The first thing to decide is whether you want a brand new boat, or will you be happy with a used boat. Maybe a fresh coat of varnish is all you need for that new boat smell!
The copyright for the design of the International Mirror class is owned by the International Sailing Federation (ISAF). Under ISAF rules, new boats must be built from a kit from an ISAF licenced supplier, either by the kit purchaser or by the kit builder. Mirror Sailing Development is the only kit builder licenced by ISAF in North America at the moment. Boats or kits can also be imported from licenced builder abroad, but this can be quite expensive, as most of the licenced kit builders are in the UK or Australia.
Purchasing a complete ready to sail boat new from the kit builder is the most expensive option, and few people opt for this route: it is generally much cheaper to find a good second hand boat.
Building the boat from the kit is cheaper than purchasing it ready built, and is part of the Mirror tradition: most Mirrors were built from kits by their original owners. There's a certain amount of pride in sailing a boat you built yourself! The Mirror was designed to be an easy project for the first time boat builder, and no elaborate carpentry skills or equipment are necessary.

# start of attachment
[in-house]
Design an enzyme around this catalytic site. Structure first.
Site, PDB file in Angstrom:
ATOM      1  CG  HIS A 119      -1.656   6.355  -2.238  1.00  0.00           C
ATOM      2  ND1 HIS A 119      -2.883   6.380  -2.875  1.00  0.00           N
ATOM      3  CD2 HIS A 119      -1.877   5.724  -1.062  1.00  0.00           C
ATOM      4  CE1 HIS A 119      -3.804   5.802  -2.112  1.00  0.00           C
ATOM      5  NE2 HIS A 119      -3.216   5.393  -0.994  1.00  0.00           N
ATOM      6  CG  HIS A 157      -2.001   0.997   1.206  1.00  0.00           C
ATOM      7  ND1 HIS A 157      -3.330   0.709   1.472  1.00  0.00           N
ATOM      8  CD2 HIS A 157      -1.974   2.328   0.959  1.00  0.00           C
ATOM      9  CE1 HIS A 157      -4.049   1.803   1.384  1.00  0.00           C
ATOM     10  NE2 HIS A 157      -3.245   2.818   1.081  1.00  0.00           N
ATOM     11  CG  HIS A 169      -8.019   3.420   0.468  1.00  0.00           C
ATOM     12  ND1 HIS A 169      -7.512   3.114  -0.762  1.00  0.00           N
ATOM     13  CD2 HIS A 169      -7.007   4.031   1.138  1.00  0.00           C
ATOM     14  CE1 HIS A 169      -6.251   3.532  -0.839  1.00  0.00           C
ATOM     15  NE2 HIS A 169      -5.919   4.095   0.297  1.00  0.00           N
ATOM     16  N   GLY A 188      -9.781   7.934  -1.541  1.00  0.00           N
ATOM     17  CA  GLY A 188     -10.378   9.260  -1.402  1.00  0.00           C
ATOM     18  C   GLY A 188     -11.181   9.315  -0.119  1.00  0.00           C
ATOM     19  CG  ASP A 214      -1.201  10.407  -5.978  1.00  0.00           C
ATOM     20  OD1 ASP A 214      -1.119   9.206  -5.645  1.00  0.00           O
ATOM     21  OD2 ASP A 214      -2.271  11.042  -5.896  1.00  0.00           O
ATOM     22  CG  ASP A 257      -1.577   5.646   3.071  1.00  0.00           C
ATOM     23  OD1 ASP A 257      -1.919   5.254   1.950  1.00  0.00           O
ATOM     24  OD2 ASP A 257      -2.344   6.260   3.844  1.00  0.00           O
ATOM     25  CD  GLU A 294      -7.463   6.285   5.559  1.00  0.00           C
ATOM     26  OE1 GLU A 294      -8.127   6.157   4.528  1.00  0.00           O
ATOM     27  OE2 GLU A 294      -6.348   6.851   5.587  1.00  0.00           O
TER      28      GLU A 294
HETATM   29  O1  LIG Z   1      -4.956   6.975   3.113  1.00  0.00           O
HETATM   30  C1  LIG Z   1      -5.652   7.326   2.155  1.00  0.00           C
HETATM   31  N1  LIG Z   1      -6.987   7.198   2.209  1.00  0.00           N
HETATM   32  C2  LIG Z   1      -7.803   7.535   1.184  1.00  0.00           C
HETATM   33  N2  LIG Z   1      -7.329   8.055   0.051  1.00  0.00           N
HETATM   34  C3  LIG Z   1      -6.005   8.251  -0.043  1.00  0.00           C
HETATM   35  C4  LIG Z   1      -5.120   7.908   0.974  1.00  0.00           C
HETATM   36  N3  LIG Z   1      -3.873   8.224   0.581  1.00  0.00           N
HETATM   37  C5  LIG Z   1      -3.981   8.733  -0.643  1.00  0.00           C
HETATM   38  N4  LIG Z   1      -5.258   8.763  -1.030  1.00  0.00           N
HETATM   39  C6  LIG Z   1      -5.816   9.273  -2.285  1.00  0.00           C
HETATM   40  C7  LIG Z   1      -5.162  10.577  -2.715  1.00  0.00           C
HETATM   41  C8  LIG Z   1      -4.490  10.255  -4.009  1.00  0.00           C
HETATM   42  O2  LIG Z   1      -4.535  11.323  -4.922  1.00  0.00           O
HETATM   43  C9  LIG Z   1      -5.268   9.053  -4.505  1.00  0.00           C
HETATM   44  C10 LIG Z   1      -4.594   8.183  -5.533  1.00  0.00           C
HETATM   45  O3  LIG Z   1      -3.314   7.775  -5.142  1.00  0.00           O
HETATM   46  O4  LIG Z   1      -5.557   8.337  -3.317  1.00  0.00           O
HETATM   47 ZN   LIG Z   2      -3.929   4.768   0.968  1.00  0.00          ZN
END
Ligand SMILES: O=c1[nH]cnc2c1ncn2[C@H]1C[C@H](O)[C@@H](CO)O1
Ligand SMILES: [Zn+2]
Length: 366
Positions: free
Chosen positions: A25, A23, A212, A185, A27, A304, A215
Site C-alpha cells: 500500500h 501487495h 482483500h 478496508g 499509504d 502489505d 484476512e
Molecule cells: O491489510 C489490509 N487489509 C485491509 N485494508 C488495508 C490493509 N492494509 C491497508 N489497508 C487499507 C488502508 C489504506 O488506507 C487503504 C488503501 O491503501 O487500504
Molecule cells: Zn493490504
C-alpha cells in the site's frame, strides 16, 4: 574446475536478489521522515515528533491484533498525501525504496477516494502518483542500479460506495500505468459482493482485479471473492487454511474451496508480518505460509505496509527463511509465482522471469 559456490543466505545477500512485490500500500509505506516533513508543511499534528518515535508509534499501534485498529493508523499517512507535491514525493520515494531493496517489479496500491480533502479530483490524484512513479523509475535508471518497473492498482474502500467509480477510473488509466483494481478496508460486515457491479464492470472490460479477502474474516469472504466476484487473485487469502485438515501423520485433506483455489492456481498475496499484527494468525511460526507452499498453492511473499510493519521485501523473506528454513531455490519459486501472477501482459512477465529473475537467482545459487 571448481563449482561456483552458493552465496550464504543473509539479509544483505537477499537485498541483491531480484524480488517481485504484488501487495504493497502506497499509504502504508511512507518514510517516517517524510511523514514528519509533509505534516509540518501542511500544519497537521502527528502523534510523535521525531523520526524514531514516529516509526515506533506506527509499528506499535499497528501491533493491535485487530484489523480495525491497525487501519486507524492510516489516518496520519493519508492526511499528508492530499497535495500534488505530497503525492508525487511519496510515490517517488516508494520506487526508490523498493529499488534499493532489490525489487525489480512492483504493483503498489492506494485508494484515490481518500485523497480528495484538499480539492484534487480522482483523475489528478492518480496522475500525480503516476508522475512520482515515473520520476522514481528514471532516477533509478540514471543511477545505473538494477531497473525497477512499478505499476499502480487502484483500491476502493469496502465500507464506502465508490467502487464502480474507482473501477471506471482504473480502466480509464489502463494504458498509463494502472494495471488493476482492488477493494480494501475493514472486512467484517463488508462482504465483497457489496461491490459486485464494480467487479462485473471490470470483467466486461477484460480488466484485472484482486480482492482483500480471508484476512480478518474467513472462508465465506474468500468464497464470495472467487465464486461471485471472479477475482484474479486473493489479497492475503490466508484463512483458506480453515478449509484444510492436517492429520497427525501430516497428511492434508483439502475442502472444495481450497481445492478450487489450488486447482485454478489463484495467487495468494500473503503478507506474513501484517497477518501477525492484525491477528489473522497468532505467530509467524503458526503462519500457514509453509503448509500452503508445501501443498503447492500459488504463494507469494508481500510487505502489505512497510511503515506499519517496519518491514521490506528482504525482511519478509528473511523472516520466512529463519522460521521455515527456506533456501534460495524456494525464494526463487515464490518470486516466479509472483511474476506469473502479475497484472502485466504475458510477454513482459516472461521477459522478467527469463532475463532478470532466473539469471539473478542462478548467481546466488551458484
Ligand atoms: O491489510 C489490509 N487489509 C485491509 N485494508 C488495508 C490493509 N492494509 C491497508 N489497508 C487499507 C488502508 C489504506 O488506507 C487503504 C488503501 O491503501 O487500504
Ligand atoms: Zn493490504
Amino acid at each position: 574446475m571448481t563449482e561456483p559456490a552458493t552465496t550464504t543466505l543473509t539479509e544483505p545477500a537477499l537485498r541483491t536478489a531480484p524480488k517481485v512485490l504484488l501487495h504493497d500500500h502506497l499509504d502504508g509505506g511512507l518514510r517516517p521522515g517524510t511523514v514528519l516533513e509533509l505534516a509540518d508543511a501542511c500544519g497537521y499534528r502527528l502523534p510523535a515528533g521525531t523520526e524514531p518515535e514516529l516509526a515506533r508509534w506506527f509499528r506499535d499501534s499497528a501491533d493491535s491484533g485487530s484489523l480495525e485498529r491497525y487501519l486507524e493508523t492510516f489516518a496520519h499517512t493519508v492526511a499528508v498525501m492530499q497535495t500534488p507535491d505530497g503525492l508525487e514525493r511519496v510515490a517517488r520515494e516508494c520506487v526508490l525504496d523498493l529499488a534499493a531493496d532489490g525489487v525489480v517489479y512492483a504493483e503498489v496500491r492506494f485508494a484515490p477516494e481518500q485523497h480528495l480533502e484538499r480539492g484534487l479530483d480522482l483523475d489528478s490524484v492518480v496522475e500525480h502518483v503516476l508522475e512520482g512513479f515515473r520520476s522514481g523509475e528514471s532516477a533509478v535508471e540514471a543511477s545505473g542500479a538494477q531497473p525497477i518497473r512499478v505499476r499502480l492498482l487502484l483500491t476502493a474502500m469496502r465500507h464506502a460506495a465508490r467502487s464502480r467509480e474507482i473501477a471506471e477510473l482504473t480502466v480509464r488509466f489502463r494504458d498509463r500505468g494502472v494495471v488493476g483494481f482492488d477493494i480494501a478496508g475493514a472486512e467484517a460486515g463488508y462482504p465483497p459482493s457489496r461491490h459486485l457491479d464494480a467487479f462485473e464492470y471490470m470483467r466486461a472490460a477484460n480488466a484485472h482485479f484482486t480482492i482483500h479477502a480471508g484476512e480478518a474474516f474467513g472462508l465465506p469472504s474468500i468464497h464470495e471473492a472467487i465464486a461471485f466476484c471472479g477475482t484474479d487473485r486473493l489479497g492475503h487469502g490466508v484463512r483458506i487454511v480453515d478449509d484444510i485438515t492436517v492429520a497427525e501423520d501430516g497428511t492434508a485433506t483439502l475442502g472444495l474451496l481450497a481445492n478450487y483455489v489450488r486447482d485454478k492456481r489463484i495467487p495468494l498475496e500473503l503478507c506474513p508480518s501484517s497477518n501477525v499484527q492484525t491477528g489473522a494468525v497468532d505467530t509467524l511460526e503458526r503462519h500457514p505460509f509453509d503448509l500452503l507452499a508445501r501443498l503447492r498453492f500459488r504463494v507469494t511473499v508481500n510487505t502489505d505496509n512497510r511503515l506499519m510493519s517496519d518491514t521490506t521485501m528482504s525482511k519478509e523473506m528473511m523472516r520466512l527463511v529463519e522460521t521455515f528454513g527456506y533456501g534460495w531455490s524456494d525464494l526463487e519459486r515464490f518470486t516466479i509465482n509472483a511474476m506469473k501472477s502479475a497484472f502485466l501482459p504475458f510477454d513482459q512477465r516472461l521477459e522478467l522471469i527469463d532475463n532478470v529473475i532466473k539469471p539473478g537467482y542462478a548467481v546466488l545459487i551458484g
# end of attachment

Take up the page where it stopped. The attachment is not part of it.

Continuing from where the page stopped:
If your curious as to what is involved, check out some of the websites Mirror builders
have posted. Andy Mac, a first time Mirror builder, has has posted an interesting account of his experiences building
Mirror 70021 Prime Time
and completing it just in time for the 2000 Australian Mirror Championships!
Richard Larson has almost finished
while Mark and Shawn have just started building Mirror 70407
(both these boats are MSD kits).
A used boat is probably the easiest way to get into Mirror sailing. Used Mirrors are regularly available. If you are in (or near) Ontario, keep a watch on our Mirrors For Sale page for used boats coming on the market.
If you're outside Ontario, try posting a message on the Mirror Discussion Forum or look for a local class association (see Mirror Dinghy Related Sites and Sources). Mirror class associations in many other countries run similar services.
There are two major categories of used Mirrors: boats in excellant condition and those needing significant repairs. Of course those in need of significant repairs will usually be less costly than those in pristine condition. Don't be put off merely because of the age of the boat: there are quite a few active OMDA members sailing boats over 30 years old (and winning races with them). In many cases the wood is still in good condition and some fresh paint and varnish is all they really need. The Mirror number of a used boat can be used to get a rough idea of its age.
The the UK Mirror Association has a page with some excellent advice on what to look for when considering a second-hand Mirror.
If you find a used boat that is missing some pieces, it may still be a worthwile buy if the price is right. Mirror Sailing Development should be able to supply the missing parts.
© 2007 Ontario Mirror Dinghy Association